My kids would notice too, and send me verses or tell me stories, or about sermons, and then absently “aha!” that it had “hearing” as the point. I started paying attention. Okay, Lord? What do you want me to hear? Know? Learn? And yeah, I’d really like to get my real hearing back too, if You would!

Previous to my illness, I’d been listening to the sermons of a couple of guys my son recommended during my long commute. For over six months, I’d been filling my mind with the gospel, preached in a way I’d not heard before. The beauty of Jesus, His love for me and how to live it out, had me listening almost every day, wanting this message to be mine. I wanted it to flow out of me as it so obviously did them through the stories they told, many with strangers, chance encounters, random people as they would live their lives – stories of lives changed, prayers prayed, bodies healed. They “looked” for opportunities, saw them, acted on them, and shared how much Jesus loved them and how Jesus showed up. Over and over the Holy Spirit led them, and He got the credit. This Holy Spirit, promised and given by Jesus, would help us see with new eyes, hear with His ears. The desire grew within me to really see, and really hear.

“For the hearts of this people have grown dull. Their ears are hard of hearing, And their eyes they have closed, Lest they should see with their eyes and hear with their ears, Lest they should understand with their hearts and turn, So that I should heal them.” Jesus spoke these words, referencing Isaiah 6:9-10.

The restaurant was nearly empty. We were in a semi- private room, only us seven, a church group of similar believers of a Truth we have. A waitress who had shared her pain, her need.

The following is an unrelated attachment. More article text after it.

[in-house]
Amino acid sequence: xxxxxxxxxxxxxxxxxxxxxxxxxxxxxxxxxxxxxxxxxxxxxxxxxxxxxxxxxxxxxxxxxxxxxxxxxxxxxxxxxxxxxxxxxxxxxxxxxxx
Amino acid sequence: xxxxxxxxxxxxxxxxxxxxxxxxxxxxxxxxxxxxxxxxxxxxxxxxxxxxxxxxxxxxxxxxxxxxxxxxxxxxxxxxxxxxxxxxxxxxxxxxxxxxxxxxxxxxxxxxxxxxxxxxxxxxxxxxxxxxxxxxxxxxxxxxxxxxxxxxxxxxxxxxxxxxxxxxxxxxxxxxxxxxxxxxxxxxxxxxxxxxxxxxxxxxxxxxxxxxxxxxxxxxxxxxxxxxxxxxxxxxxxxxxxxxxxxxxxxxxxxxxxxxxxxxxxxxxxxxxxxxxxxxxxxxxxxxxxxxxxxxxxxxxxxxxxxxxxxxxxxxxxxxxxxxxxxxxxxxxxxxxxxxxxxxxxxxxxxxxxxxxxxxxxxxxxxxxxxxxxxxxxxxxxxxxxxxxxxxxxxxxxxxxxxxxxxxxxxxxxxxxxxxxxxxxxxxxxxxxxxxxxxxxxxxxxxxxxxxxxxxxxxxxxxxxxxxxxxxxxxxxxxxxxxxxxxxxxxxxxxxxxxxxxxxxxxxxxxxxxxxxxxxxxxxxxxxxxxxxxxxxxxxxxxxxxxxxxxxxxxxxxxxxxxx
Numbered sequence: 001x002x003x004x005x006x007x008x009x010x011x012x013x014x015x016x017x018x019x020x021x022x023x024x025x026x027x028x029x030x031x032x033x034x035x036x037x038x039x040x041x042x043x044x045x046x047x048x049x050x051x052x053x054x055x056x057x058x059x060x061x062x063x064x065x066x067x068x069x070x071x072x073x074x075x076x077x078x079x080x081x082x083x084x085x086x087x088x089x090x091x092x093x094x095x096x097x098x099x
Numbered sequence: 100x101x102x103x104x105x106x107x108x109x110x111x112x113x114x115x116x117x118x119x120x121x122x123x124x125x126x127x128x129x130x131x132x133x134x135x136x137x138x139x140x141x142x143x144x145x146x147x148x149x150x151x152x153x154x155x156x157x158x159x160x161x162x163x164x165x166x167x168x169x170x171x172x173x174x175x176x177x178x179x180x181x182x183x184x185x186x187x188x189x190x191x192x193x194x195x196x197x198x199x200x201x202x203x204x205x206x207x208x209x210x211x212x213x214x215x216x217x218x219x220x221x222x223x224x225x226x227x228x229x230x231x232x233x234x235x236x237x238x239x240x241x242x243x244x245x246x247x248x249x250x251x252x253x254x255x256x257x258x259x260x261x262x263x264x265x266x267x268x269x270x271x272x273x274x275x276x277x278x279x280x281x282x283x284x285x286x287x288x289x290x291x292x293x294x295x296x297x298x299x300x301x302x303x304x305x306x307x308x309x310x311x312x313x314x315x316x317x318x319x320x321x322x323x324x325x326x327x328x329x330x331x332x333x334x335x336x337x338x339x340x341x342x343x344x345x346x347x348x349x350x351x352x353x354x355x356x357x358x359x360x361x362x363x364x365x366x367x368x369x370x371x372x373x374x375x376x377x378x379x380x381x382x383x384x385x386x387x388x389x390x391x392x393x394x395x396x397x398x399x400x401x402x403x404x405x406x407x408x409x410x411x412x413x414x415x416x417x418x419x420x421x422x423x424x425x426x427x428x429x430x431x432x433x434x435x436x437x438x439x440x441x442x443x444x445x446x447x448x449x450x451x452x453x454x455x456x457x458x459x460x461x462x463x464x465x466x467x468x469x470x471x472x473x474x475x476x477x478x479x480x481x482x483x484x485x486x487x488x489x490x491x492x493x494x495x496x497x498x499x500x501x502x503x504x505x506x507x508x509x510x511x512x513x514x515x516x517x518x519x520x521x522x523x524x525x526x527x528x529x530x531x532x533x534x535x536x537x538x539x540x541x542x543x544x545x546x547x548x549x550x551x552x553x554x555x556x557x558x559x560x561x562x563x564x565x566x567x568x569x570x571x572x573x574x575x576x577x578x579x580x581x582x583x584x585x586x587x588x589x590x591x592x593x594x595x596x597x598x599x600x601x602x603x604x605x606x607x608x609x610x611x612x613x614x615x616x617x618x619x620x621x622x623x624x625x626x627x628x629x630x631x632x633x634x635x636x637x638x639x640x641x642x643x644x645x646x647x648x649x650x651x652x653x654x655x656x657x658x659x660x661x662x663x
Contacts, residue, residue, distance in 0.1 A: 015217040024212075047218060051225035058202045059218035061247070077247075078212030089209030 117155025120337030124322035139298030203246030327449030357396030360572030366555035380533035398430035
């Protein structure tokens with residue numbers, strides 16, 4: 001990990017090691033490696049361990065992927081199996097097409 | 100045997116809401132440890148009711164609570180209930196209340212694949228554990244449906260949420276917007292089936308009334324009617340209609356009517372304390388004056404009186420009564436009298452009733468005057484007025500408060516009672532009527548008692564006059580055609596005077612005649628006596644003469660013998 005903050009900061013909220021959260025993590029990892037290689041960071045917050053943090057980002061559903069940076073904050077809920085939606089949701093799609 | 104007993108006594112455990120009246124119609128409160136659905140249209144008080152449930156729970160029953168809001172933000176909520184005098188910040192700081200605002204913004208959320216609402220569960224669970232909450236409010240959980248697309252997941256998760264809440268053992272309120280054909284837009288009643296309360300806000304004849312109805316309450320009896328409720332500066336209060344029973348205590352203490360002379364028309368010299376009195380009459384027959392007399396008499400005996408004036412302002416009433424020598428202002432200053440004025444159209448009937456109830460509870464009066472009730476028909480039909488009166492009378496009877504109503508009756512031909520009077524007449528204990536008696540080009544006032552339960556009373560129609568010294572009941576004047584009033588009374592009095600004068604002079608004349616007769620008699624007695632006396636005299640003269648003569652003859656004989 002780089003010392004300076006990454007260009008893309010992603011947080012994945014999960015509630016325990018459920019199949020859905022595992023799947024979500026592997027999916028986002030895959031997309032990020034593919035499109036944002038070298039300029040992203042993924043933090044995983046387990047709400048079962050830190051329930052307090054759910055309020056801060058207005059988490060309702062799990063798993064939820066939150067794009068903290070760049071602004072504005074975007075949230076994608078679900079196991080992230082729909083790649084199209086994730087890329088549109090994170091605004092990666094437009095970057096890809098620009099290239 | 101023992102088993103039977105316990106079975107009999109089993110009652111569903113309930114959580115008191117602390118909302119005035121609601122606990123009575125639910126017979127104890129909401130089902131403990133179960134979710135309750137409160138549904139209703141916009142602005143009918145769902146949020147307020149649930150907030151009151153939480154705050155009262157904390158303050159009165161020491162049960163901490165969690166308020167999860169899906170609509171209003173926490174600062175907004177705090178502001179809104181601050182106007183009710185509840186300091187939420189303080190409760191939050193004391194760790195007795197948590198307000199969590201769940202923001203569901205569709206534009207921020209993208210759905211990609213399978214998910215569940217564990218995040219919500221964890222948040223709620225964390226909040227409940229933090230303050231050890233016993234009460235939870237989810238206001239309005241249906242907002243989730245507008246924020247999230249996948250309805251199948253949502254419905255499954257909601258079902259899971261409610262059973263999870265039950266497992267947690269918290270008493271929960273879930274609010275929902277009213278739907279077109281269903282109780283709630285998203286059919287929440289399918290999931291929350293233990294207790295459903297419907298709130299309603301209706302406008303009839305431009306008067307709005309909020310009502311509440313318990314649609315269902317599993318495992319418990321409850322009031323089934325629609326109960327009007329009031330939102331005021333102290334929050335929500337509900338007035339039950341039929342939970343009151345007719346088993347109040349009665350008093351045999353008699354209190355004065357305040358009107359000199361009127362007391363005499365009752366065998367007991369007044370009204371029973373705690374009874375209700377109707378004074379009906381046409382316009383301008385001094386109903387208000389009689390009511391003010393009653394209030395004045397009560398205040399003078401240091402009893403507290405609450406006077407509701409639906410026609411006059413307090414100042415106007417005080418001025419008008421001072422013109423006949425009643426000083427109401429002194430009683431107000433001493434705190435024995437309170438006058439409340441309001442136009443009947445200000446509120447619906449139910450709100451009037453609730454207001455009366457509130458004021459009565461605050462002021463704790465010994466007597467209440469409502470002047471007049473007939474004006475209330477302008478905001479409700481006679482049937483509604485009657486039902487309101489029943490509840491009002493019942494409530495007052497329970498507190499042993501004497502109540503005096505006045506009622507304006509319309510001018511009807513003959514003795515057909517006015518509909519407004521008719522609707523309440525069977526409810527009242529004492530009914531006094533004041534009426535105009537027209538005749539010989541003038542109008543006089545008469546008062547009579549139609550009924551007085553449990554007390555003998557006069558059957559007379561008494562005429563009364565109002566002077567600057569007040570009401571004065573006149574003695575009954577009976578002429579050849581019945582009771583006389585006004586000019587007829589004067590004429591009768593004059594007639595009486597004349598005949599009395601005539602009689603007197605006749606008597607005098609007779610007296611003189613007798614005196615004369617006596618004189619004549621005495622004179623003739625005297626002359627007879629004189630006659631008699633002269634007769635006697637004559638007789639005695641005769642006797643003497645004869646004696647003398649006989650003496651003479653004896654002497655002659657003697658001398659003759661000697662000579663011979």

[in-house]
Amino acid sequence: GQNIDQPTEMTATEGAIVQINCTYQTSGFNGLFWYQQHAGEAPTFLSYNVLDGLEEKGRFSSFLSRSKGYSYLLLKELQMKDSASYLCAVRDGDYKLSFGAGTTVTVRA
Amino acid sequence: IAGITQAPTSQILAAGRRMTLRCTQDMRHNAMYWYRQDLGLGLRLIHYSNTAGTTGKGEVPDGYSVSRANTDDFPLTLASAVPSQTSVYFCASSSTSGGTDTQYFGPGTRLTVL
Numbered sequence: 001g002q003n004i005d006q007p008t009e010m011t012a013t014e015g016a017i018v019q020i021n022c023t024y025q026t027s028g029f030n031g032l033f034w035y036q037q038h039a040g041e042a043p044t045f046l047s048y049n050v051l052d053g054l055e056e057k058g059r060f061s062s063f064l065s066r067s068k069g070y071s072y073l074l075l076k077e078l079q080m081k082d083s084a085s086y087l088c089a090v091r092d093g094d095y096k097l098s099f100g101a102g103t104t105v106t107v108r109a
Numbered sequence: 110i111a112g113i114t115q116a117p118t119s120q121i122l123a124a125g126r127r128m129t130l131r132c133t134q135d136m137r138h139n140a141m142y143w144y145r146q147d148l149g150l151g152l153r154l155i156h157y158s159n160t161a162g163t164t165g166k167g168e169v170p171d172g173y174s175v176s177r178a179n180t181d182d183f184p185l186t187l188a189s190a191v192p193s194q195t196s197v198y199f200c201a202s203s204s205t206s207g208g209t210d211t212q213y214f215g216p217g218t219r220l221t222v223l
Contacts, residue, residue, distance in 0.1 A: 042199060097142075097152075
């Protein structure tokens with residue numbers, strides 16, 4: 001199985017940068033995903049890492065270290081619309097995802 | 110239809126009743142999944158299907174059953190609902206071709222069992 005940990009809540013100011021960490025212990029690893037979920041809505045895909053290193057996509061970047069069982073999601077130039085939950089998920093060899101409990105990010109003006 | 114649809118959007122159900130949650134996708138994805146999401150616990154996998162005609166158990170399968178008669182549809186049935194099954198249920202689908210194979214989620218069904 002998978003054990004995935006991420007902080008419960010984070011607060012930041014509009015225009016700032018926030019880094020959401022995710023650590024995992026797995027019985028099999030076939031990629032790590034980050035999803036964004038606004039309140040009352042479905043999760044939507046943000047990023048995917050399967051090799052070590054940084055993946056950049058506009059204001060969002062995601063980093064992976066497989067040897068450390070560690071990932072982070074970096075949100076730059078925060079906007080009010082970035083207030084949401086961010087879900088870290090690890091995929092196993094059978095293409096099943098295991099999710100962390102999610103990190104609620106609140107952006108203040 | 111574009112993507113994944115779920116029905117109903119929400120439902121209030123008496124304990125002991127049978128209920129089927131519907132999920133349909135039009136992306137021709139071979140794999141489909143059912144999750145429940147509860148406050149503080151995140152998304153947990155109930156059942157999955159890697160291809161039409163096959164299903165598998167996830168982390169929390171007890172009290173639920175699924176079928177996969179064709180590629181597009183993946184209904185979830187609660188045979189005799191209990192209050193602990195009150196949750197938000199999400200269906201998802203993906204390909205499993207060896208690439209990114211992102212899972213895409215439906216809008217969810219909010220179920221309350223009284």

We missed it.

I missed it!

I didn’t realize it was a Jesus-story like those I’d listened to for six months. I responded like any person of the world, as if I had nothing to offer but sympathy. I was deaf! I was blind! I heard nothing. No prompt. No thought to offer to even pray for her situation, let alone share Jesus with her!

But as I write this, the promise is there—spoken by Jesus himself: “lest you should see with your eyes and hear with your ears, and understand with your heart and turn, so that I can heal you.”

Lord, forgive me. Thank you for the grace of your healing love! For opening my eyes, my ears, my heart. Give me another chance—with healed eyes and ears and heart wide open.

Give me another chance. Thank you for the healing power of your love that can reach through my deafness,
my blindness, my hard heart, and do the miracle of spiritual sight restored, spiritual deafness healed, and a hard heart replaced with a new fleshy heart, soft and pulsating with love for You.

Father, Jesus, Holy Spirit—give me another chance to love and give You to those in need! I want to hear!

–Michelle Morrison is a member of Brighton Seventh-day Adventist Church and is married to its pastor, Wayne. Email her at: [email protected]